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How To Keep Seniors Safe In Summer Heat
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How To Keep Seniors Safe In Summer Heat

July 21, 2014

It’s wonderful to see the sun more often, but temperatures are heating up as the summer progresses. As a result, you may be concerned about your loved one’s safety on the hottest days. Extreme heat and humidity can cause heat cramps, heat exhaustion and heat stroke. Aside from babies, seniors are the people most vulnerable to heat-related illnesses. As a caregiver, there are a few facts to be mindful of during the summer.

According to the New York Presbyterian Hospital, seniors may be less sensitive to heat and cooling, so it’s important for caregivers to monitor when loved ones need a temperature adjustment. This is particularly important for older people in dementia care who may not be as self-aware and tuned in to the heat level. Layered clothing can make it easier for older people to transition between air-conditioned rooms to the high temperatures outside.


Senior woman outside in the sun, wearing a hat to protect her face from the sun It’s important for everyone to stay hydrated in the summer, but seniors may be more vulnerable to heat exhaustion. Some common symptoms of heat-related illness are nausea, headaches and weakness. Water and sports drinks are the best beverage choices for staying hydrated. Drinks that contain caffeine can cause dehydration, so it’s a good idea to avoid them on hot days.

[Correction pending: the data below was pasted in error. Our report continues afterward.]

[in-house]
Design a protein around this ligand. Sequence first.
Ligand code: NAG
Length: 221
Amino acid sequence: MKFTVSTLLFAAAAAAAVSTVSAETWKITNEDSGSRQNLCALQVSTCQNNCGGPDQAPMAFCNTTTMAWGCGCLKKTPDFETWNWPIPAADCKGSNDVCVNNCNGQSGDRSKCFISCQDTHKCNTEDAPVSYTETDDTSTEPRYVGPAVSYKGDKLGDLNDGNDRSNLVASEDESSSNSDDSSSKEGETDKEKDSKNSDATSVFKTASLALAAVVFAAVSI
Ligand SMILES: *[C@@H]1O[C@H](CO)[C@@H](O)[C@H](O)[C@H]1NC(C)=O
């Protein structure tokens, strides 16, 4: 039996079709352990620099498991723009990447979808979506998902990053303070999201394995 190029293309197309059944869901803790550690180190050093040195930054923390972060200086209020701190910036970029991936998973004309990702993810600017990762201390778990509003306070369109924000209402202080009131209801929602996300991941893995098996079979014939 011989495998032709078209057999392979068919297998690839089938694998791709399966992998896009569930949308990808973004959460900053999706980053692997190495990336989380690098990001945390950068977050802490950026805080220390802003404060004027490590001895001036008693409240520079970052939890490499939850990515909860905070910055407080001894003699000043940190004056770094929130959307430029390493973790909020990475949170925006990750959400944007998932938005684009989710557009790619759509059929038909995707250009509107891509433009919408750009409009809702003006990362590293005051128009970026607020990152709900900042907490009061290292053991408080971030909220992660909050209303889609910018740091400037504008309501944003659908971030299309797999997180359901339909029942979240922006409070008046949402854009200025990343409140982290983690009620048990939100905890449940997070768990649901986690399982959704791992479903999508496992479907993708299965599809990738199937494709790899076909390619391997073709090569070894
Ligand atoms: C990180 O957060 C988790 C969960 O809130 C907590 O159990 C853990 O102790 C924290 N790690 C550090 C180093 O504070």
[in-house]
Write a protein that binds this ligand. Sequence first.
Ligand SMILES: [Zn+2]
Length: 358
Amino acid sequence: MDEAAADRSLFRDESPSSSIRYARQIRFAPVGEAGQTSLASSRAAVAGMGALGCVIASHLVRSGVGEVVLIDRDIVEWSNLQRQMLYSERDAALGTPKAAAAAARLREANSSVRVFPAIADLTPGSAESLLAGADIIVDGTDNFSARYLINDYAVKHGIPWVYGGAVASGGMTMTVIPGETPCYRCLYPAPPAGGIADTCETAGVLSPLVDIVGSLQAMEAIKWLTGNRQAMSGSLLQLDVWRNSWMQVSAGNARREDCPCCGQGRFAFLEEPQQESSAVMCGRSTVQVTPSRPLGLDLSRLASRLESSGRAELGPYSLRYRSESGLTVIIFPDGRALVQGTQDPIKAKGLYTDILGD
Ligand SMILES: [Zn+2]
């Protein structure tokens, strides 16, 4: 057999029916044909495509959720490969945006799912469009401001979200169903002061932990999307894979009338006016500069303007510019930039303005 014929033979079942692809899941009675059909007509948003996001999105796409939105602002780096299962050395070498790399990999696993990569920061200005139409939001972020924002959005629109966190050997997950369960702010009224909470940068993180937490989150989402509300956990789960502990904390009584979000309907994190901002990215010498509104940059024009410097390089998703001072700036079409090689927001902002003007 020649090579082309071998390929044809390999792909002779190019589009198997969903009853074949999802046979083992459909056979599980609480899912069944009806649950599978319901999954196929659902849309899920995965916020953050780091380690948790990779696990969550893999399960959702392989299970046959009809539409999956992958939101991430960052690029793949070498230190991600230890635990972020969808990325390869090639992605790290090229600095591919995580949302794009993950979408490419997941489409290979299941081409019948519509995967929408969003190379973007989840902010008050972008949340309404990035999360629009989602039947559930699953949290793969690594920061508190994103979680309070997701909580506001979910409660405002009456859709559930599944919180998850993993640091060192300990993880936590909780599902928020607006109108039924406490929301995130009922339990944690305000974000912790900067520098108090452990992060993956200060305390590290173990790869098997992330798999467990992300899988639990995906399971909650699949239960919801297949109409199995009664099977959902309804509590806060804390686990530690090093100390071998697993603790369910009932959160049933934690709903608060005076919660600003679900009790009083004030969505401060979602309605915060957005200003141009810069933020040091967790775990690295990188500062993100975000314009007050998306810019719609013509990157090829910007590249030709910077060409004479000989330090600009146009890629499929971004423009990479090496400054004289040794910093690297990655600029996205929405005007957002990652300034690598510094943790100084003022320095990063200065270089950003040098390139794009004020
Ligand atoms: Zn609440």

For seniors who live in a home without air-conditioning, there are a few places to go when it’s time to escape the heat. Consider bringing your loved one to the movies, a coffee shop or a local mall for a bit of air-conditioned relief.

As people age, their skin texture changes in a way that promotes sunburn. NYPH said sunburn makes it more difficult for seniors’ bodies to keep cool. To protect seniors from sunburn, it’s best to avoid outdoor activities from 10 a.m. to 4 p.m., when the sun is at its hottest. While you are enjoying the company of your loved one outside, don’t forget a sunscreen with a high SPF or a brand that contains zinc oxide. For more sun protection, your loved one can wear long sleeves and a wide-brimmed hat to shade his or her face and neck.

Certain health conditions can increase the risk of heat-related illness for older people. These include high blood pressure, obesity, memory disorders, diabetes and psychiatric illnesses. Check with your loved one’s doctors that prescription medications won’t make him or her more susceptible to sunburn or overheating.

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